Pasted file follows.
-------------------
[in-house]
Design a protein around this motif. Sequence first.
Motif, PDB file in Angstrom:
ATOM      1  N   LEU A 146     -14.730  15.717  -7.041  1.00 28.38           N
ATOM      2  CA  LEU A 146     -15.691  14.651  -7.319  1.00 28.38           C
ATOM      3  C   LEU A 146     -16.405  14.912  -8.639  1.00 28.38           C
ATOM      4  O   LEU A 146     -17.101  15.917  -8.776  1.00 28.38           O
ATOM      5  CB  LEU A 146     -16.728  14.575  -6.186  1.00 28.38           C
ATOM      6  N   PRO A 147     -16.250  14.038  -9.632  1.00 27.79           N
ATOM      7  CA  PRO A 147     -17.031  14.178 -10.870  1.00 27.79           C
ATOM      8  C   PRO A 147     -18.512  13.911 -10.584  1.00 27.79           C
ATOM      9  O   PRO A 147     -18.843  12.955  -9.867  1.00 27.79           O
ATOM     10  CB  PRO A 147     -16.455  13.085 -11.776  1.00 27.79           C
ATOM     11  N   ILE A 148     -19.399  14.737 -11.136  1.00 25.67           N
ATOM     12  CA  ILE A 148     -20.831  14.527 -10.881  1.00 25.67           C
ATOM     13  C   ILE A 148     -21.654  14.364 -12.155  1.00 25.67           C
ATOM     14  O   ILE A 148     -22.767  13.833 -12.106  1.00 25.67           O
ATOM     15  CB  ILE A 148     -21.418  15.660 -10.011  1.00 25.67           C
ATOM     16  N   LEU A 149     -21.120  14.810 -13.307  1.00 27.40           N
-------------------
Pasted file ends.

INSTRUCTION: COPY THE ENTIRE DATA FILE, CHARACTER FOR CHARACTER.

[in-house]
Design a protein around this motif. Sequence first.
Motif, PDB file in Angstrom:
ATOM      1  N   LEU A 146     -14.730  15.717  -7.041  1.00 28.38           N
ATOM      2  CA  LEU A 146     -15.691  14.651  -7.319  1.00 28.38           C
ATOM      3  C   LEU A 146     -16.405  14.912  -8.639  1.00 28.38           C
ATOM      4  O   LEU A 146     -17.101  15.917  -8.776  1.00 28.38           O
ATOM      5  CB  LEU A 146     -16.728  14.575  -6.186  1.00 28.38           C
ATOM      6  N   PRO A 147     -16.250  14.038  -9.632  1.00 27.79           N
ATOM      7  CA  PRO A 147     -17.031  14.178 -10.870  1.00 27.79           C
ATOM      8  C   PRO A 147     -18.512  13.911 -10.584  1.00 27.79           C
ATOM      9  O   PRO A 147     -18.843  12.955  -9.867  1.00 27.79           O
ATOM     10  CB  PRO A 147     -16.455  13.085 -11.776  1.00 27.79           C
ATOM     11  N   ILE A 148     -19.399  14.737 -11.136  1.00 25.67           N
ATOM     12  CA  ILE A 148     -20.831  14.527 -10.881  1.00 25.67           C
ATOM     13  C   ILE A 148     -21.654  14.364 -12.155  1.00 25.67           C
ATOM     14  O   ILE A 148     -22.767  13.833 -12.106  1.00 25.67           O
ATOM     15  CB  ILE A 148     -21.418  15.660 -10.011  1.00 25.67           C
ATOM     16  N   LEU A 149     -21.120  14.810 -13.307  1.00 27.40           N